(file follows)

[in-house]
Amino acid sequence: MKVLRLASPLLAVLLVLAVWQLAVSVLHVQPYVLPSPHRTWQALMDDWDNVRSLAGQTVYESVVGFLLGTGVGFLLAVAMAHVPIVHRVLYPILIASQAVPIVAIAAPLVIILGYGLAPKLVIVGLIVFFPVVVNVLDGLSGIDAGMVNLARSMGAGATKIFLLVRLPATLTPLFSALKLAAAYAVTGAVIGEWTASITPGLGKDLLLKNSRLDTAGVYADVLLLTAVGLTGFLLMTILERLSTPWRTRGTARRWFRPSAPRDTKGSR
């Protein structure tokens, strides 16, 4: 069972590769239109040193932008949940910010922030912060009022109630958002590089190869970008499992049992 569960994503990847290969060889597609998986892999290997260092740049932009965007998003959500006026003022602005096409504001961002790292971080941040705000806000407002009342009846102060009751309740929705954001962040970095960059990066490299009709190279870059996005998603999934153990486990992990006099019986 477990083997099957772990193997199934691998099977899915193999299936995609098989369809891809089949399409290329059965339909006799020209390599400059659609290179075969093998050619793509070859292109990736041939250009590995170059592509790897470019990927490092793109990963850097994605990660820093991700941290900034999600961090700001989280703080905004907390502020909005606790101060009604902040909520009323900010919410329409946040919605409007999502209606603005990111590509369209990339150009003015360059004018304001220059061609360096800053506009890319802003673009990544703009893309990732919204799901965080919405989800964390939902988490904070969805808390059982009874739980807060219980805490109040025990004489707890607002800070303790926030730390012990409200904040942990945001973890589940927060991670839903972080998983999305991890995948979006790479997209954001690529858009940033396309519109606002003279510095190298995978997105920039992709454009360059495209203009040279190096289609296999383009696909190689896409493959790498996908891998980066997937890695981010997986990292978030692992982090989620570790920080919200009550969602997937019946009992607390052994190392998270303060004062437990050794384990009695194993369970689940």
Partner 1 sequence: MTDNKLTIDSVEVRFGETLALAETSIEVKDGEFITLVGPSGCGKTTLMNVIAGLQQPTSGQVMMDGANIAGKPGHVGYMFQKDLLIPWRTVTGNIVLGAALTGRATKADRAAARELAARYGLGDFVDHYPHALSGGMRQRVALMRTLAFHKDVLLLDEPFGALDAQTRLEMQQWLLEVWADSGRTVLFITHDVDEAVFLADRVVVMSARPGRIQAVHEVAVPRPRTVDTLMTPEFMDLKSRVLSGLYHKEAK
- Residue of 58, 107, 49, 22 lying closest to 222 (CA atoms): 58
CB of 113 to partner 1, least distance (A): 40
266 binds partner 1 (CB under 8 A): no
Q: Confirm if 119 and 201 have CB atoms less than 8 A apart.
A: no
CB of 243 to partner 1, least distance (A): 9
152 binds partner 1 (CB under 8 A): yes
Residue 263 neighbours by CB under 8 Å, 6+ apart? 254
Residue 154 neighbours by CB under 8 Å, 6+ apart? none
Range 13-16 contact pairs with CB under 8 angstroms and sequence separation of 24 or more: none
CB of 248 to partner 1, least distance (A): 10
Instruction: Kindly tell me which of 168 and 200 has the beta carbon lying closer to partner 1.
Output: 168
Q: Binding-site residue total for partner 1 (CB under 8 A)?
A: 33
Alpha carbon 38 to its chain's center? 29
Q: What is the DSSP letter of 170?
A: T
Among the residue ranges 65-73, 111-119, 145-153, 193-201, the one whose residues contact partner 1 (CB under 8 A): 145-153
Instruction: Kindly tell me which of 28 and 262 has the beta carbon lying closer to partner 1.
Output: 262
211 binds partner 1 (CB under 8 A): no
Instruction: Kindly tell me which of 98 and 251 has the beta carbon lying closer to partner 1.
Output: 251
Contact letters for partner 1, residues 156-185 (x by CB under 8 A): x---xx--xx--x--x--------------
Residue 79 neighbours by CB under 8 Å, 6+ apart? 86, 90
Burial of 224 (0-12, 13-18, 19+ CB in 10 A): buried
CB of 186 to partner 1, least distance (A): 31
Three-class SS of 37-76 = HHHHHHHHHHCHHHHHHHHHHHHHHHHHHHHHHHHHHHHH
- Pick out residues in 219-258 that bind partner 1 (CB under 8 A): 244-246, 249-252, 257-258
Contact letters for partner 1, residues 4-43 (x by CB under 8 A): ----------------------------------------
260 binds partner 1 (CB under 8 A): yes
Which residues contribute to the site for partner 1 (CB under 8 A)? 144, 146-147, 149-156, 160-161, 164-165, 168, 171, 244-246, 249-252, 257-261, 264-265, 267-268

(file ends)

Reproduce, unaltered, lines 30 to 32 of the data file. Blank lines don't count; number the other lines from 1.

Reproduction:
Residue 79 neighbours by CB under 8 Å, 6+ apart? 86, 90
Burial of 224 (0-12, 13-18, 19+ CB in 10 A): buried
CB of 186 to partner 1, least distance (A): 31